It's January, which for small business owners means it's W-2 time.
This year, W-2 forms are due in by March 2 for those small businesses filing by mail, or March 31 for those who choose to e-file; of course, employees must be provided copies of their W-2 forms by January 31. But what else do small business owners need to know about W-2 forms?
Here are five legal reminders:
Who has to file W-2s? According to IRS rules, any employer engaged in a trade or business who compensates an employee more than $600 during a year (or any amount if taxes were withheld) must file a Form W-2 if income, medicare, or Social Security tax was or would have been withheld if not for a withholding allowance or exemption.
What is included on a Form W-2? A W-2 shows an employee's total wages, tips, and other compensation from an employer, along with the type and amount of any withholding.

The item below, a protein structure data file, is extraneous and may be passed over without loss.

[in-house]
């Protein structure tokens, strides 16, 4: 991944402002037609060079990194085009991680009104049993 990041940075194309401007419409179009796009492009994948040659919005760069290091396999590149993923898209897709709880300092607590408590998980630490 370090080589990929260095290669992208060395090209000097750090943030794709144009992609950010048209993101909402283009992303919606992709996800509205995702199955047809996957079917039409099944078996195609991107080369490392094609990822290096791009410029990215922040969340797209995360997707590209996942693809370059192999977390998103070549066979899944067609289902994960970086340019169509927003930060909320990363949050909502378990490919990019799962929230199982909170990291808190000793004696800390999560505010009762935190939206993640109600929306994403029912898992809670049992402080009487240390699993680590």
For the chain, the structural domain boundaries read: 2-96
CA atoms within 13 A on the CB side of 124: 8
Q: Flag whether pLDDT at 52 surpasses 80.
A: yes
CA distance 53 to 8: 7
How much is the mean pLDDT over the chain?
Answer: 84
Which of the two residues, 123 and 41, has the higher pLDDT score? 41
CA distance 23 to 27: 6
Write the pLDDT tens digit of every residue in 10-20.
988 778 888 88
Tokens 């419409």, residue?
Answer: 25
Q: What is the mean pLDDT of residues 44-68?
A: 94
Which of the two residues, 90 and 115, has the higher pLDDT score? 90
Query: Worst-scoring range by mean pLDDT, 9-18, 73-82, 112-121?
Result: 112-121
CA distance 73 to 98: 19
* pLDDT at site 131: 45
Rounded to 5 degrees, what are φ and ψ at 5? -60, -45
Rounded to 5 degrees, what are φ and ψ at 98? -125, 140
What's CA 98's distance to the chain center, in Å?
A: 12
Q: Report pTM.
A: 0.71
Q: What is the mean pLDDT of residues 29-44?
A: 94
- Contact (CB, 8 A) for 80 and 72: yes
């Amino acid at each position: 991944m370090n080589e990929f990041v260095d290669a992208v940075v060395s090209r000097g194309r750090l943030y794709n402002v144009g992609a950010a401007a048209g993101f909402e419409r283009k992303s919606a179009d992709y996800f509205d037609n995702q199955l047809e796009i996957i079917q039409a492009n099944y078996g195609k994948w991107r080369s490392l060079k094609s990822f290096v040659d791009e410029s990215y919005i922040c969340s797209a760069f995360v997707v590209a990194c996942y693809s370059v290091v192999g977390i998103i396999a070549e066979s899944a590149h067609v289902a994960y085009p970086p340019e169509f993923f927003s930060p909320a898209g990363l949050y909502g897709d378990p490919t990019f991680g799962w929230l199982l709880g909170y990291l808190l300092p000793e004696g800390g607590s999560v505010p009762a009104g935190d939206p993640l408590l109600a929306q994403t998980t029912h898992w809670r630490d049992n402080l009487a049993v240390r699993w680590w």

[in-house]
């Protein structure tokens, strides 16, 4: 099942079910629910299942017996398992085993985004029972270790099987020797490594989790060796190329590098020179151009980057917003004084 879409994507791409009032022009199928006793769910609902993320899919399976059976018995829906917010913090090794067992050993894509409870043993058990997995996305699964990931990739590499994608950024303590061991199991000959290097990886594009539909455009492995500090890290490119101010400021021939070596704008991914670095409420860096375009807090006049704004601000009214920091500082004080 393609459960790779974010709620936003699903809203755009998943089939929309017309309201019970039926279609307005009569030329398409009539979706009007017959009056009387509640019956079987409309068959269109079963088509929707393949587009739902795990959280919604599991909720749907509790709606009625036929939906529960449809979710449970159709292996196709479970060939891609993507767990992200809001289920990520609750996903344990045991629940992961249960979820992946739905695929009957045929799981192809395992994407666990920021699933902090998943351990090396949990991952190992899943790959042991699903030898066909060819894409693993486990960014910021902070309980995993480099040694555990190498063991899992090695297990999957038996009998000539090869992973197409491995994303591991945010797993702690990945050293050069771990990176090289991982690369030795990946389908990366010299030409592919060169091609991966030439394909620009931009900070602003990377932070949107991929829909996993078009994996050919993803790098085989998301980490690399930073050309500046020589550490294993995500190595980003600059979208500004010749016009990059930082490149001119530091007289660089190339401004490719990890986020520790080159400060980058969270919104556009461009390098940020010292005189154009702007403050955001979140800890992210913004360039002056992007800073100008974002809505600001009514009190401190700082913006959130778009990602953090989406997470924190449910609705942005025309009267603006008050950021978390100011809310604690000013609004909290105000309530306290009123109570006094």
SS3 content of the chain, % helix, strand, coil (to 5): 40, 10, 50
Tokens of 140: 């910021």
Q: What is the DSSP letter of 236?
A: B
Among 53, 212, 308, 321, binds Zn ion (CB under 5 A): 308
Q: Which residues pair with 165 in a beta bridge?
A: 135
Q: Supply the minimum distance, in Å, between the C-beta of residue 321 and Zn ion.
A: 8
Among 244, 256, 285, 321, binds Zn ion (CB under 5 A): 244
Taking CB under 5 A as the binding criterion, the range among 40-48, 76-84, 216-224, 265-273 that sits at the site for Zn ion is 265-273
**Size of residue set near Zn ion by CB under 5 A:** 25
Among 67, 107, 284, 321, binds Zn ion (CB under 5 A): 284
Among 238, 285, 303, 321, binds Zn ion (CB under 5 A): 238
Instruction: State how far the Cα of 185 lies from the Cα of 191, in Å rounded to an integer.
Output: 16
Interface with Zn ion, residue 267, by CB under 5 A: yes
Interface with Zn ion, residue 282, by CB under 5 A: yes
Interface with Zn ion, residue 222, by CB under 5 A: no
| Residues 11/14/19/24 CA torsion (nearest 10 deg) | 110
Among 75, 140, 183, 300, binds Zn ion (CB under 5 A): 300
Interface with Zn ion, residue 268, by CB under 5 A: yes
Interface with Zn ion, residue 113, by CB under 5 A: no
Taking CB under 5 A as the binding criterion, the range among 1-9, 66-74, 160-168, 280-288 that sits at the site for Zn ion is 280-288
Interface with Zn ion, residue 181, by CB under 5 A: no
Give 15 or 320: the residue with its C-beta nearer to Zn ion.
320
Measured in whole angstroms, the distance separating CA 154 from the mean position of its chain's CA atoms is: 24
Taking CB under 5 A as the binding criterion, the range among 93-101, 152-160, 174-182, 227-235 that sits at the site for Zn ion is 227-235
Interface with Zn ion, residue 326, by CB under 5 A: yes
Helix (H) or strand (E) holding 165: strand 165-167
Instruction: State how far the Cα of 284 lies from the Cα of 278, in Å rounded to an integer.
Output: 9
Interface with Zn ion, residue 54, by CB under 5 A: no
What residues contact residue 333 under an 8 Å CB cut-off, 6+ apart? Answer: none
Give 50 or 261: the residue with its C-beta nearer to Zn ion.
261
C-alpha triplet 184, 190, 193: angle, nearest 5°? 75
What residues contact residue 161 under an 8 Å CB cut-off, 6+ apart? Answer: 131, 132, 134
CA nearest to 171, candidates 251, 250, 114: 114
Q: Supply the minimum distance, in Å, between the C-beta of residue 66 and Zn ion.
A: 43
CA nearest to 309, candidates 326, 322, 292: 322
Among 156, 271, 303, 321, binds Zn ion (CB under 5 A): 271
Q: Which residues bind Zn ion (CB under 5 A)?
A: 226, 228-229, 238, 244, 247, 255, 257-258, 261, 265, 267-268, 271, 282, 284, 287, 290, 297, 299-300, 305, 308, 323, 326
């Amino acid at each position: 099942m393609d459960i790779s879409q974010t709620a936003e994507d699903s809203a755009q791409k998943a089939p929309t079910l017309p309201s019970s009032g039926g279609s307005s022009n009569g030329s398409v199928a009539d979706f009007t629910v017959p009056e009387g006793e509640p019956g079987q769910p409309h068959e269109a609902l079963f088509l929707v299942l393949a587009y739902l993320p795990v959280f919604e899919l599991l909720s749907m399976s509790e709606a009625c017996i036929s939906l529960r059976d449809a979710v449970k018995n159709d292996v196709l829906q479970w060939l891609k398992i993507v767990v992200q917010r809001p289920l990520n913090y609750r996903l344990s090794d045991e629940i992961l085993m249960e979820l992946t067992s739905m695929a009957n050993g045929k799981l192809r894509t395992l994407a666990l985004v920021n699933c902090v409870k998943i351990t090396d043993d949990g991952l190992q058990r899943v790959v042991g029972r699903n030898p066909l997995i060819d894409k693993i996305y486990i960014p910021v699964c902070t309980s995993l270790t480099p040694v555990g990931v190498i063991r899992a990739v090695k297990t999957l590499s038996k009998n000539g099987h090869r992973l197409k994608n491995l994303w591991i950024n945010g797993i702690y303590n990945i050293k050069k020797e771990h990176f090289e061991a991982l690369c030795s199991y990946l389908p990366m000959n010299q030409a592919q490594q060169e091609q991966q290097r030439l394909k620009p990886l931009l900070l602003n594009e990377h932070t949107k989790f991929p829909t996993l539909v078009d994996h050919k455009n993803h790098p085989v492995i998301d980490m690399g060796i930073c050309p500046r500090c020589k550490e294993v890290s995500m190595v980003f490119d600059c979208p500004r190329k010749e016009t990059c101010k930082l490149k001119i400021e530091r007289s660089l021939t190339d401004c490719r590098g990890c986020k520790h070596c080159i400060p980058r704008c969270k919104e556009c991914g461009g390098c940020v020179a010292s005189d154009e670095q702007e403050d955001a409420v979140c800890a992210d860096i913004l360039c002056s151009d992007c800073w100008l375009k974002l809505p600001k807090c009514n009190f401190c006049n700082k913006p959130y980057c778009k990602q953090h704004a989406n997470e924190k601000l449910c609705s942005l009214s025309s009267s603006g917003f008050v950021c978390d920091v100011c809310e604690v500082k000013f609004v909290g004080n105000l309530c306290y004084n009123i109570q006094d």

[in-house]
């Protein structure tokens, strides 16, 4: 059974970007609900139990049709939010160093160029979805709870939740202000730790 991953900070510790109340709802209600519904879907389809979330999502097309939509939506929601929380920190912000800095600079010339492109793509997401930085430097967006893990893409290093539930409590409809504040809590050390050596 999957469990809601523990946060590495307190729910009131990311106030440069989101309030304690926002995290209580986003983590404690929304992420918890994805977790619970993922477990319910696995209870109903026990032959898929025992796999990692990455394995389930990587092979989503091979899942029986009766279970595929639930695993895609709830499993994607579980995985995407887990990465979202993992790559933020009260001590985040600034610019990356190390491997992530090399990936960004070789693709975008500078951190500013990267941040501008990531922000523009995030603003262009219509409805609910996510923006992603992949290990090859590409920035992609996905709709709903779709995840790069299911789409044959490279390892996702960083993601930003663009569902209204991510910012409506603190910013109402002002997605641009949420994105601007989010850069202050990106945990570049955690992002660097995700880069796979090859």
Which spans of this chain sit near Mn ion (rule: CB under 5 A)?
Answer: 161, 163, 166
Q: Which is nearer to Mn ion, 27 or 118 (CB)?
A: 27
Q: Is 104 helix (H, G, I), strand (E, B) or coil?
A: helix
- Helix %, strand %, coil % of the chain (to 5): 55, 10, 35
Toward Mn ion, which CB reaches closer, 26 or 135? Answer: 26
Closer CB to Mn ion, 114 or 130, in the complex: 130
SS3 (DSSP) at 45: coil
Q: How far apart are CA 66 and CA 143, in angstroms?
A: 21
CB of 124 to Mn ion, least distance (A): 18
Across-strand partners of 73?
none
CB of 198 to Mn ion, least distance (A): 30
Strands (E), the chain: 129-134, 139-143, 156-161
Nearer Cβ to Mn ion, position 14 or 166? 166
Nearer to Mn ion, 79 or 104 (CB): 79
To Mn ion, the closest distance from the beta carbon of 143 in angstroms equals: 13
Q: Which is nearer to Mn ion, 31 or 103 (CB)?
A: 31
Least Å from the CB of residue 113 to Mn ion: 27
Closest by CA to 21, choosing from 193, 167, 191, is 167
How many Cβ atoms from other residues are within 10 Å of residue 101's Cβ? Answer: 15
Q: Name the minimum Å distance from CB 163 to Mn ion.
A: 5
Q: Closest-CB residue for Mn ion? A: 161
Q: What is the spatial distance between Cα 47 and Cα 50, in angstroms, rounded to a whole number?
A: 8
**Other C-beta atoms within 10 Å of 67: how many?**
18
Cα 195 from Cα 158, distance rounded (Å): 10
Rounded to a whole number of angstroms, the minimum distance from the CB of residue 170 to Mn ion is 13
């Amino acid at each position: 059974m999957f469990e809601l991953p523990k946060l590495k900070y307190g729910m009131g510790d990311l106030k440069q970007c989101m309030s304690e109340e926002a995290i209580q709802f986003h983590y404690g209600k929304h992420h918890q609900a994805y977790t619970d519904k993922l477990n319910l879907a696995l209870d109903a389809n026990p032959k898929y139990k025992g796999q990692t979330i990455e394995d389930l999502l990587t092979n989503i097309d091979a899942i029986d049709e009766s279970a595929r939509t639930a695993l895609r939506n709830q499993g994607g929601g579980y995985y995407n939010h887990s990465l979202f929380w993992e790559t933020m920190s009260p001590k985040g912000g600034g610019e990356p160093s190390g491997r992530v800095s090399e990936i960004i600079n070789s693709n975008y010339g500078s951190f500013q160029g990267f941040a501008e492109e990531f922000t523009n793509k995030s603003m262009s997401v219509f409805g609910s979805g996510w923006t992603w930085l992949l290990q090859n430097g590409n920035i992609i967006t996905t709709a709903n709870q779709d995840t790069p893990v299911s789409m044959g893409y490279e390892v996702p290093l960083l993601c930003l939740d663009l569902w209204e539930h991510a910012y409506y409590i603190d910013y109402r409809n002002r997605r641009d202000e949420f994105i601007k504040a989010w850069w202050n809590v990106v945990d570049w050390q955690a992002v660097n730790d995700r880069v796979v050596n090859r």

Where do W-2s need to be filed? Employers must file W-2s with the Social Security Administration. The forms can be mailed, or filed electronically through the SSA's Business Services Online.
What happens if you're late? Failing to file W-2s on time may lead to a penalty for each late form. The penalty can be as much as $100 per form, with a maximum overall penalty of $500,000 for small businesses (defined as a business whose average annual gross receipts were $5 million or less for the three most recent tax years).
How to avoid late penalties. If you are going to be late filing your W-2 forms, you can request an extension from the IRS. You can also avoid penalties by ensuring that your forms are correct and complete. Incorrect or incomplete forms may also be penalized if not corrected.
Find more tax tips for small business owners at FindLaw's Learn section on Business Taxes.